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MASTA

Schistosomiasis

Schistosomiasis is an infection caused by a parasite. The parasite lives on certain snails which live in fresh water, most commonly in tropical areas, especially in Africa. Water sports, swimming or showering in these waters should be avoided.
  • Symptoms An itchy rash can appear on the skin, known as “swimmers itch”. Sometimes a fever can develop 2-6 weeks later, with diarrhoea, cough or other symptoms (“Katayama fever”). Long-term infection may have no symptoms for years.
  • How do you catch schistosomiasis? The tiny parasitic worms in the water burrow through the skin. They then travel to the veins of the bladder or bowels and release eggs.
  • Incubation period Usually 2-12 weeks for the initial infection.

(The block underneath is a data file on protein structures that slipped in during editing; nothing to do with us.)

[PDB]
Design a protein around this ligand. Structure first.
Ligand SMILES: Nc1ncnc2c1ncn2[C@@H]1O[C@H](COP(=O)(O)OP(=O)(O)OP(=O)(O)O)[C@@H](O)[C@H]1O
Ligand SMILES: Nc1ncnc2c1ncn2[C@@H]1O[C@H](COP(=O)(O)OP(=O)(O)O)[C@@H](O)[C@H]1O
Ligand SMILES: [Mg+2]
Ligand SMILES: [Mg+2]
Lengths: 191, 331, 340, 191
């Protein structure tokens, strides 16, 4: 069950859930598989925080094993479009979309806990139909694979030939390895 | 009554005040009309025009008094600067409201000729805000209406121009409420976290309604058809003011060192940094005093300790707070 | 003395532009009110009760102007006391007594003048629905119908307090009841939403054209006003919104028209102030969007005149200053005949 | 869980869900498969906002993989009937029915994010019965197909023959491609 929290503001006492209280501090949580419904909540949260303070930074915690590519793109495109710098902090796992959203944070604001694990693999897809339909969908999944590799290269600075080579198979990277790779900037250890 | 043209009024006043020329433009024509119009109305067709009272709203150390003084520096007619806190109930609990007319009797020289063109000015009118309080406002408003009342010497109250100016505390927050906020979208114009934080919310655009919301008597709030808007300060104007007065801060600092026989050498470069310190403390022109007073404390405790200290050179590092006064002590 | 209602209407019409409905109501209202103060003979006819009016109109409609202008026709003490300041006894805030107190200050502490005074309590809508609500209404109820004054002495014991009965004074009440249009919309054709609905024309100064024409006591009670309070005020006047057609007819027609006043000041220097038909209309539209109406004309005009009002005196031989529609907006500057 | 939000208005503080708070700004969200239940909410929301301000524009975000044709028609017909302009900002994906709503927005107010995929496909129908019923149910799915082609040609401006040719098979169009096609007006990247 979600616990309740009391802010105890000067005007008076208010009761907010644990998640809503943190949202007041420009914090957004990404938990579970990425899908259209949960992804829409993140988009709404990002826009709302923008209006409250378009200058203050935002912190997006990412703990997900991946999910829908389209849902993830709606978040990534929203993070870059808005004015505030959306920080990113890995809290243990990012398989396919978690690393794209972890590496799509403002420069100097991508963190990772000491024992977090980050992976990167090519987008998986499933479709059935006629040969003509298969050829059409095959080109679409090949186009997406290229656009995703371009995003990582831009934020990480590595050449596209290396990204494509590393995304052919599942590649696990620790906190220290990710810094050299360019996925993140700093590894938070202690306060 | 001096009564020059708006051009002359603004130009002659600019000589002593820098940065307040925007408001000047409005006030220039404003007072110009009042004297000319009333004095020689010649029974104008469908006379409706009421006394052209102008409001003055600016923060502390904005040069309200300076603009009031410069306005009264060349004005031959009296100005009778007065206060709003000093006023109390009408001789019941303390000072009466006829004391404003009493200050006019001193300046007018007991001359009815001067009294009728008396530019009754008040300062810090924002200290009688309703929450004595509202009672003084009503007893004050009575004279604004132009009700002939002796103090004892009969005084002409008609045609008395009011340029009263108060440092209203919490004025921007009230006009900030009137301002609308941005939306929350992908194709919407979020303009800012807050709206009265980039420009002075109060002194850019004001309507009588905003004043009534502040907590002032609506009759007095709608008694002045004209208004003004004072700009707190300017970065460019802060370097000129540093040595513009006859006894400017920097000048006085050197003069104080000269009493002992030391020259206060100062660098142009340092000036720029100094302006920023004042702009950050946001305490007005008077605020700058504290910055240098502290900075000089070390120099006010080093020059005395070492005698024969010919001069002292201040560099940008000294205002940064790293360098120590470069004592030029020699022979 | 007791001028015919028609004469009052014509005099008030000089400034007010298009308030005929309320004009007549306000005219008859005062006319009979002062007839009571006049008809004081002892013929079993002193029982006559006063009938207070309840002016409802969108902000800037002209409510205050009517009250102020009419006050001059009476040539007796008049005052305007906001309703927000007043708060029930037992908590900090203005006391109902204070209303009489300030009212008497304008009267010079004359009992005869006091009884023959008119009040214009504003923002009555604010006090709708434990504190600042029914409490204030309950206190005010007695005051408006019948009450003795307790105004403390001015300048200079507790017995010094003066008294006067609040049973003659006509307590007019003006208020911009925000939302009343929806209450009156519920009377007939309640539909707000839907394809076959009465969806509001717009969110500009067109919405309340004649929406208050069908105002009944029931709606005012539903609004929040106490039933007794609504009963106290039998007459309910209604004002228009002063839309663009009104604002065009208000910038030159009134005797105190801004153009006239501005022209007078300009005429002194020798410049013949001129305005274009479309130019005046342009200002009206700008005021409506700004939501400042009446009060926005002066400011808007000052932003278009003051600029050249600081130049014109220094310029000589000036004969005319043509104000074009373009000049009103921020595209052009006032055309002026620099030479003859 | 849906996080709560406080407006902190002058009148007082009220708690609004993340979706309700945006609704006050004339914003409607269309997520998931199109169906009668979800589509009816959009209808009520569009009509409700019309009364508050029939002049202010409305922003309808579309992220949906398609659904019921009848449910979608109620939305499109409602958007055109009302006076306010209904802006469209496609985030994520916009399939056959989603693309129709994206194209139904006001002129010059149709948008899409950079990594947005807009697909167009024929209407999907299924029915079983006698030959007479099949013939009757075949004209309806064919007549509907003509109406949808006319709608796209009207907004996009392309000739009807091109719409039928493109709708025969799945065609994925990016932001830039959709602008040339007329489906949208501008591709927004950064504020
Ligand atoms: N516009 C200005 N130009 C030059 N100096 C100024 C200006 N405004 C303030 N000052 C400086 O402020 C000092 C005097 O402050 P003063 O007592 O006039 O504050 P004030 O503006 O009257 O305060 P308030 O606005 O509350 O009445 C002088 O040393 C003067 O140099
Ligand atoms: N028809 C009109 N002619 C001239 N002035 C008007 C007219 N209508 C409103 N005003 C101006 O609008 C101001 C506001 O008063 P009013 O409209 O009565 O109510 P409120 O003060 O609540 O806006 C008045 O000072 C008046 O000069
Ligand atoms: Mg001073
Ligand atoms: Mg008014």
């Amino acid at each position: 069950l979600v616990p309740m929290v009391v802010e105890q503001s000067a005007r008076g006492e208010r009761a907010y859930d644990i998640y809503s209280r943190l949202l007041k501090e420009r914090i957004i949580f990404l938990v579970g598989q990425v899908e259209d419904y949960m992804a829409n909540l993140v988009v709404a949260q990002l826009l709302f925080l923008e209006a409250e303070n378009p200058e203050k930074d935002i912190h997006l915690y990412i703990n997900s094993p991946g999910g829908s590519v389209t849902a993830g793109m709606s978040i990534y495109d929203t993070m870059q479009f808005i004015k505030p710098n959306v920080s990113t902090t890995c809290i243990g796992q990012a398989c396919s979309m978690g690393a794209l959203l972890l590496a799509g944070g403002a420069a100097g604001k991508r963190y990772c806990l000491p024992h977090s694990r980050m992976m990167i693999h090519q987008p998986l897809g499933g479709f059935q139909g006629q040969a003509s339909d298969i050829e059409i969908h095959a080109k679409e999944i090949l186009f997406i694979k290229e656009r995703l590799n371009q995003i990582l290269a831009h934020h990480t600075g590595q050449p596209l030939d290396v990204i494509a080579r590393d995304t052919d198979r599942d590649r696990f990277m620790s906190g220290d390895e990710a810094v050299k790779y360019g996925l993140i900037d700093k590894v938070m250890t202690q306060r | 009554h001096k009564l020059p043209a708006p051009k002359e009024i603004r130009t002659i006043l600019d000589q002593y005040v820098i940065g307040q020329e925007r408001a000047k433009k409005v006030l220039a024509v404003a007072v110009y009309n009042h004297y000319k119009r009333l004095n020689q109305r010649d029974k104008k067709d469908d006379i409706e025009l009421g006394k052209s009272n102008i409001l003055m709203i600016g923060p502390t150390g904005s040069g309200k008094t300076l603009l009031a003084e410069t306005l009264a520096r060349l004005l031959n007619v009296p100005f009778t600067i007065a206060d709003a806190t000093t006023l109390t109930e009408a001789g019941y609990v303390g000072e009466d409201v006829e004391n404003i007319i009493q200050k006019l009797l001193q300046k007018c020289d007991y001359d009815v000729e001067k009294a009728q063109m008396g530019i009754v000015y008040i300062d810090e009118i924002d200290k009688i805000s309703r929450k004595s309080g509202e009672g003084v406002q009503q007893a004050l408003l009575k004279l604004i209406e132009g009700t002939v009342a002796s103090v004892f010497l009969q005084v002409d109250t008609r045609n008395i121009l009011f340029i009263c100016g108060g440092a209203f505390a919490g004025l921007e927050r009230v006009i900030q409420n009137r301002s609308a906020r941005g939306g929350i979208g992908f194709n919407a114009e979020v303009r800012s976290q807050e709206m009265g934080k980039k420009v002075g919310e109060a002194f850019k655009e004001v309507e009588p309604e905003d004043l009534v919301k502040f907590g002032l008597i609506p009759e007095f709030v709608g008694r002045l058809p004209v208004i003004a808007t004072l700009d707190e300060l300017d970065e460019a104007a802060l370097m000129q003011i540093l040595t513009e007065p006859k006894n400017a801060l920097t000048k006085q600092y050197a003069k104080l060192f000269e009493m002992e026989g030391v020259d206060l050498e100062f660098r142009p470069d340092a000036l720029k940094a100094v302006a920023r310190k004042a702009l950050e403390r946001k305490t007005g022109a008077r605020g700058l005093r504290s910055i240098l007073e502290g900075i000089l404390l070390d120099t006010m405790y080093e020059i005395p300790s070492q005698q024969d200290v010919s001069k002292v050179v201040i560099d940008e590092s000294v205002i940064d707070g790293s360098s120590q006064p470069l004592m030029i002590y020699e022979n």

• Diagnosis Blood tests no earlier than 8 weeks after contact with the fresh water can confirm the diagnosis. St

Prevention

Avoid water sports, swimming or wading in fresh water lakes and rivers in the tropics. If crossing a river cannot be avoided, wear waterproof footwear and try to find an area where the water is fast flowing.

Treatment

A drug called praziquantel is used to treat schistosomiasis, but is not effective in the early stage of infection - so taking it after a swim is not likely to help. Any traveller who has been in fresh water in tropical areas should see their doctor 8-12 weeks later for tests.

  • There is no vaccine available to prevent schistosomiasis.
  • Schistosomiasis cannot be caught by swimming in seawater or in chlorinated swimming pools.
  • Neither using an insect repellent, nor drying off quickly after being in the water, will prevent infection with schistosomiasis.
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